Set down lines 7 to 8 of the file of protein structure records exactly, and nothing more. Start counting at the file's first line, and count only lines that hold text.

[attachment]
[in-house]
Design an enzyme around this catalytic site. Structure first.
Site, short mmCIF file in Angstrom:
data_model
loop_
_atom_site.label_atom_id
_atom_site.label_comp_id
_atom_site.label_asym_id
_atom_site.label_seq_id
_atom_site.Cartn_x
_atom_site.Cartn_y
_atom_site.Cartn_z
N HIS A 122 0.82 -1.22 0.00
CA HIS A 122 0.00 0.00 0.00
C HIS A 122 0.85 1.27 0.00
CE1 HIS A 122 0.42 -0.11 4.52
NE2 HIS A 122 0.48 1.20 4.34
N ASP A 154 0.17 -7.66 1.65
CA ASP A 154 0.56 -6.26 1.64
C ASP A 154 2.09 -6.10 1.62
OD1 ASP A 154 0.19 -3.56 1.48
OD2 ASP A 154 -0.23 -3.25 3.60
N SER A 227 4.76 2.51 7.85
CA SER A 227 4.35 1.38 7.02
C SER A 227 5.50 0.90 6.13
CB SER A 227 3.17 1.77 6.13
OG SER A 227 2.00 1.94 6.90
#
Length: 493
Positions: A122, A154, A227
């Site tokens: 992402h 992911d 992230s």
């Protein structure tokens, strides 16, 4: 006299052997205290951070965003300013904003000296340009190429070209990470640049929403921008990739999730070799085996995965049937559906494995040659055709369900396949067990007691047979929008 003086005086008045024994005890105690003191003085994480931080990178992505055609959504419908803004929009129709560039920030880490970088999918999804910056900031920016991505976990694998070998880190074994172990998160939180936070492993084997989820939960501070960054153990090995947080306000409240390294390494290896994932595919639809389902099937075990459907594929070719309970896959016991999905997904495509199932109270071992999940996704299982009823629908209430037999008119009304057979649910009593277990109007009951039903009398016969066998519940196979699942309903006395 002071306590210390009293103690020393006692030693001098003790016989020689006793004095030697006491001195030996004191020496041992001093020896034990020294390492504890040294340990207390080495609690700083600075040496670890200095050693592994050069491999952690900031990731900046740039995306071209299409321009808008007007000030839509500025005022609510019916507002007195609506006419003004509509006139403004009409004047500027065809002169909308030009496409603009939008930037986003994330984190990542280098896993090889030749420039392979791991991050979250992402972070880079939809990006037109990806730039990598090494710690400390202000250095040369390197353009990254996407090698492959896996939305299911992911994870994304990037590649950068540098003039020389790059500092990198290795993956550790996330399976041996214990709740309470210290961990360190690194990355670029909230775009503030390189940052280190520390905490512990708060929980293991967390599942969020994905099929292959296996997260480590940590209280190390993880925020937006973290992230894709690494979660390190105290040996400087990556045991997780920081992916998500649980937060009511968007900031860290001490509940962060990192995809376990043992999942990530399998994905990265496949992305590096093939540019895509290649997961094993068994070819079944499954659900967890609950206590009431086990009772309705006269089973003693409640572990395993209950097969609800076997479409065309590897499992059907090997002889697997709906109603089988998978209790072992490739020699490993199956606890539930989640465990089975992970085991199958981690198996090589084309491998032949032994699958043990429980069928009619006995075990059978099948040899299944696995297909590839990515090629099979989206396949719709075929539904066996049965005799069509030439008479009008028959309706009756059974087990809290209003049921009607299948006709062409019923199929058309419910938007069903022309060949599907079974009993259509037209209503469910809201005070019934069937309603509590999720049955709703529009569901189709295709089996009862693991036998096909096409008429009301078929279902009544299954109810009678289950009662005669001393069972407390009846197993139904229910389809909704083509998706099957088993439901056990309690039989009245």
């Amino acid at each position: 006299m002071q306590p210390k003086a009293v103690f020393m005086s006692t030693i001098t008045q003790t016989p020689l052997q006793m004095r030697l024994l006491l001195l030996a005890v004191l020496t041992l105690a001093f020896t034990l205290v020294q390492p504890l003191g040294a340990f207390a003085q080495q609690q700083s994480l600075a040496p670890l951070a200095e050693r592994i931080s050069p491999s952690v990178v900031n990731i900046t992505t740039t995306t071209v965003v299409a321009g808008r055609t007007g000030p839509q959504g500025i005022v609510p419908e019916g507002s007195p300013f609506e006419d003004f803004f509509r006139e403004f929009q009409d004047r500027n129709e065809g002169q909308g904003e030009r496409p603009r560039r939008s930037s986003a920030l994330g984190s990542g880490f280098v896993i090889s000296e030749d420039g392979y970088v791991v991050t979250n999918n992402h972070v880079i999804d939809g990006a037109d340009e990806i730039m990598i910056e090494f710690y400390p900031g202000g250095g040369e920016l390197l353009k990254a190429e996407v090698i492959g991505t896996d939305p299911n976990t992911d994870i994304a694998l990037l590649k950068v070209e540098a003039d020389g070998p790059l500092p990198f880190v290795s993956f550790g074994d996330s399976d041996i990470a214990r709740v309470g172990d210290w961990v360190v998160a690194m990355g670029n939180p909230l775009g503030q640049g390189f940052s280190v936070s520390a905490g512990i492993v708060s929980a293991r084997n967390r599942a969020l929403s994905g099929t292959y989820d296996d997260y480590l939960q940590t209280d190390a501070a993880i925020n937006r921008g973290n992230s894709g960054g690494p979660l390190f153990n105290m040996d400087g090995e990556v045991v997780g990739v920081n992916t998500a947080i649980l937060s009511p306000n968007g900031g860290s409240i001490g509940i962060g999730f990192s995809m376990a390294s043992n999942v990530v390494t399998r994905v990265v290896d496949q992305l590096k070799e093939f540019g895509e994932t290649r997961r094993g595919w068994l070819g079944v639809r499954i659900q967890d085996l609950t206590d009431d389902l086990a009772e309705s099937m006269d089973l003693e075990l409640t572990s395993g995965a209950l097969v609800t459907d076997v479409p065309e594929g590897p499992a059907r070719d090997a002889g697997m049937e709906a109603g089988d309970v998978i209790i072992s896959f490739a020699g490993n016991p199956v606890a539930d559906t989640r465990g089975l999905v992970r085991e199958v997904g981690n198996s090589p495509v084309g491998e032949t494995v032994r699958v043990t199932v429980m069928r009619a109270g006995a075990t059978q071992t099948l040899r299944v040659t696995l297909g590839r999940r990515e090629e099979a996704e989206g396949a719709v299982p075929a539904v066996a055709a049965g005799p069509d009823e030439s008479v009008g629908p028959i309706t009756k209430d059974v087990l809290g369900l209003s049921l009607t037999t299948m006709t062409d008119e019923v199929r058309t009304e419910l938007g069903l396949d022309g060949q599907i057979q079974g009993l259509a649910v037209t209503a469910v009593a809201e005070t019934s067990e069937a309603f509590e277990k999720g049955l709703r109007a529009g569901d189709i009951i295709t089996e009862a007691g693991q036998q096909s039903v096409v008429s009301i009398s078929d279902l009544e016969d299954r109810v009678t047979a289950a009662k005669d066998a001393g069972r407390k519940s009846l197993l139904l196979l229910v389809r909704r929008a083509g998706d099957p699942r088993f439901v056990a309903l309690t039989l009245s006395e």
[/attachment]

_atom_site.label_comp_id
_atom_site.label_asym_id